AUGUST 11, 1997
Transfer of Development Rights Program
I am writing you in response to your recent article regarding the proposed Transfer of (rural) Development Rights Program for King County. While the proposed program COULD potentially reduce development in rural King County as purported, I believe it will actually facilitate development in rural King County because of the inherent provision for selective rural to rural transfers. I think the proposal is seriously flawed and, for the reasons cited below, the program should be aborted.
¥ The proposal CLEARLY provides the means to usurp the Washington State Growth Management Act, the Subsequent King County Comprehensive Plan, which were created with the intent to manage growth, especially rural areas
¥ The proposal provides enormous ARBITRARY and CAPRICIOUS power to the King County Council and Executive branch with respect to control over private property use, particulary via "selectively designated" sending and receiving areas
I have read portions of the actual "King County Farm and Forest Report: at the local library and I fail to understand the impetus for such a colossal "study," in the wake of the King County Comprehensive Plan. The alleged fundamental objective of the proposed TDR program is practically identical to that of the King County Comprehensive Plan; i.e. manage the suburban sprawl in King County in a fair and equitable fashion to preserve rural areas. I therefore perceive the program as largely politically motivated.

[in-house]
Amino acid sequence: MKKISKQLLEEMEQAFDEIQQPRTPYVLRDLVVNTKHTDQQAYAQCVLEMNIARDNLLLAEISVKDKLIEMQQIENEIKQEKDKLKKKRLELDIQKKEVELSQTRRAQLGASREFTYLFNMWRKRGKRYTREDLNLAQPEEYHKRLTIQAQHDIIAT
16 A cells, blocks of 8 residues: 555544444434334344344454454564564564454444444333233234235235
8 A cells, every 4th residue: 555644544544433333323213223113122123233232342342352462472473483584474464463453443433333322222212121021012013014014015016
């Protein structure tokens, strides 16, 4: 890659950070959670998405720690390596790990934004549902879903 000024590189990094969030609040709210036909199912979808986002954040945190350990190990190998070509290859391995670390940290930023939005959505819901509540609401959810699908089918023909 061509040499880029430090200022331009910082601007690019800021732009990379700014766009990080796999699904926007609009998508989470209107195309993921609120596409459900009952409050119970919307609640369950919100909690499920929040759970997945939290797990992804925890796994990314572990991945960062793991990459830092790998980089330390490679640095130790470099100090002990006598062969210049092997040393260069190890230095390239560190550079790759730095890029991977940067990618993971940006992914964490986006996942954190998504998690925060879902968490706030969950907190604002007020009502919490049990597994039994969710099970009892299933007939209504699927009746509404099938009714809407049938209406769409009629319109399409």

Could it be that the GMA and the KCC plan have actually become barriers to wholesale developer exploitation? Is it possible that the impedance to proposed developments such as Blakely Ridge and Northridge, affordable by the GMA and KCC plan, have caused the King County Council to create other means to achieve their biased development objectives? The TDR program would slam the door on the public objection to development efforts such as Blakely Ridge and Northridge; which is exactly what the King County Council desires.
To date, the King County Council has indisputably demonstrated their allegiance to big business rather than to the preponderance of their constituents. Simply put, the King County Council should never, ever, be allowed the nearly absolute and arbitrary power over the development rights of private property as afforded by the proposed TDR program.
John Gaffney, Carnation